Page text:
Star Wars forbidden to LucasArts, and other stories from shuttered dev’s early days

By Brenna Hillier, Friday, 21 March 2014 02:04 GMT

LucasArts wasn’t allowed to make Star Wars games when it opened, nor to spend any of parent Lucasfilm’s money on making games, former staff revealed in a GDC session this week.

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“We weren’t allowed to touch any Lucasfilm properties initially, which the company viewed as money in the bank. They could license that out and we were forced by ourselves to do our own creative stuff.”

As reported by Polygon, David Fox, the second employee of LucasArts, wanted Rescue on Fractalus to be a Star Wars game – but the team weren’t allowed to use the property.

“We were told upfront we were not allowed to do Star Wars titles. I was really upset. I joined the company because I wanted to be in Star Wars and [making games] was how I wanted to do it,” he said.

Steve Arnold backed up Fox’s comment, but said that LucasArts has greater freedom than other Lucasfilf divisions as a result.

“One of the greatest strengths we had was we were not working on Star Wars. We had the brand and the credibility and the franchise of Star Wars but we didn’t have to play in that universe. We were a group that lived inside a super creative, technologically-astute company and we got to do our own creations,” he said.

“We were probably the only group outside of George in the company that got to make up new stories, and call them Lucasfilm. That gave us a fair amount of freedom and flexibility, but also challenge. I would argue that helped us.”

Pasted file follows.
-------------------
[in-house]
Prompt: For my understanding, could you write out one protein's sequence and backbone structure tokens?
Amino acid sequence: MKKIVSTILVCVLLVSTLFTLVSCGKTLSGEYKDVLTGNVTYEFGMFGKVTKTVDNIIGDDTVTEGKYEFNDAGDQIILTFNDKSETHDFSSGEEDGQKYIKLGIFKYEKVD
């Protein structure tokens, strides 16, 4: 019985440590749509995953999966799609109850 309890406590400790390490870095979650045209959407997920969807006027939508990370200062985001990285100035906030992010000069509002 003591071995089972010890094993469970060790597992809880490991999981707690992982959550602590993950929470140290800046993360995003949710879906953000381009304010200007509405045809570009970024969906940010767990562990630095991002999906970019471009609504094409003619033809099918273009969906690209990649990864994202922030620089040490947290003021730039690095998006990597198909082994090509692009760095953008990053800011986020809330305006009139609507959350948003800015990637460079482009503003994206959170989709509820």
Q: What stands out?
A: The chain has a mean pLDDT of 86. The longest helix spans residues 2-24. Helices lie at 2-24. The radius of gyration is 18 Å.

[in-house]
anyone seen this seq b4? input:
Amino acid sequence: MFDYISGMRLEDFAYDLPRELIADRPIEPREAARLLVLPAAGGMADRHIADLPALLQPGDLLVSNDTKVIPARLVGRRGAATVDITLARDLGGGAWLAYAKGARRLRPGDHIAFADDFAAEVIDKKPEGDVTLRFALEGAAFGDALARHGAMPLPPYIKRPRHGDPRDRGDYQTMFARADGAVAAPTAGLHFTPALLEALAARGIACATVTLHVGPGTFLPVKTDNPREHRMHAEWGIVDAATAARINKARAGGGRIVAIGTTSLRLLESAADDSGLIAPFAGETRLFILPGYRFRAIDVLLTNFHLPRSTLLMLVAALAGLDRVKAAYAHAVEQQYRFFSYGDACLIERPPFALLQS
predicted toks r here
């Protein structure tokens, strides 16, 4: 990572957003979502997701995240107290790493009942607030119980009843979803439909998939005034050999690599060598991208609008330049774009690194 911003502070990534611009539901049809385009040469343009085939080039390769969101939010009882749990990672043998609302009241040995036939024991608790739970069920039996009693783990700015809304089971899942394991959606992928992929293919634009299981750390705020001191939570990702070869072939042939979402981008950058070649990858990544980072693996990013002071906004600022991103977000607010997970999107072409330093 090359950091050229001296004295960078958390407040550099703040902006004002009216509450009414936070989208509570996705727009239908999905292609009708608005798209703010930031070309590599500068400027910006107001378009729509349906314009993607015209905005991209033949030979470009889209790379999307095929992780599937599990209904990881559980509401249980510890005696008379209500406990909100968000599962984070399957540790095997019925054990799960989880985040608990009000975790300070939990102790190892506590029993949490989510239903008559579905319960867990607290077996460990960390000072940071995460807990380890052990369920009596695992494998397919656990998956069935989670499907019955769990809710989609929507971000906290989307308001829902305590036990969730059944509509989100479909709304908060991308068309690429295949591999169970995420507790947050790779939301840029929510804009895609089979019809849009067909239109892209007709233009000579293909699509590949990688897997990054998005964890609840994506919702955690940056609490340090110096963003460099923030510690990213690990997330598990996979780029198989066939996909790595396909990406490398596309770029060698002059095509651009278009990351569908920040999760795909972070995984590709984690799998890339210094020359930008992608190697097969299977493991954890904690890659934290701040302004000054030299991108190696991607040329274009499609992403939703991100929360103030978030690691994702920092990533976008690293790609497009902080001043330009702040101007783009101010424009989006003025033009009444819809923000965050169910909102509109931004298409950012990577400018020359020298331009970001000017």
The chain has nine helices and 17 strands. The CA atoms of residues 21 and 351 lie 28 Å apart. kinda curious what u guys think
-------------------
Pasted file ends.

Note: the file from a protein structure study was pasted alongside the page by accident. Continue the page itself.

Chip Morningstar agreed.

“We weren’t allowed to touch any Lucasfilm properties initially, which the company viewed as money in the bank. They could license that out and we were forced by ourselves to do our own creative stuff,” he said.

“All these other really creative, capable people at Lucasfilm were forced to march to George’s decisions.”

Although LucasArts couldn’t work on Star Wars, other companies would come sniffing around, hopeful to cash in on the lucrative license, and the development team was able to leverage this interest to fund other projects.

“One of the principles was we never did anything with the company’s own money. We had to get someone else to pay for it,” Morningstar revealed.

“People would come to us just wanting to bask in the reflective glory of Star Wars. Companies would be coming to us all the time. People in the group would come up with ideas. Steve would keep a file of this stuff, and when a company would come wandering through and Steve would pull a couple ideas out and see if they could sell them on kicking us some money to develop it.”

The game development and publishing arm of Lucasfilm, LucasArts was shuttered in April 2013, about five months after Disney acquired Lucasfilm for $4 billion. The projects it was working on, including Star Wars 1313, have been cancelled. Disney has awarded EA a Star Wars license – DICE is working on the Battlefront series – and has pushed out a few social and mobile games. We’re also expecting a Disney Infinity Star Wars expansion.

While it was still forbidden to touch Star Wars, LucasArts produced some of the best-loved games of its time – Maniac Mansion, several Indiana Jones adventures, The Secret of Monkey Island and many more.

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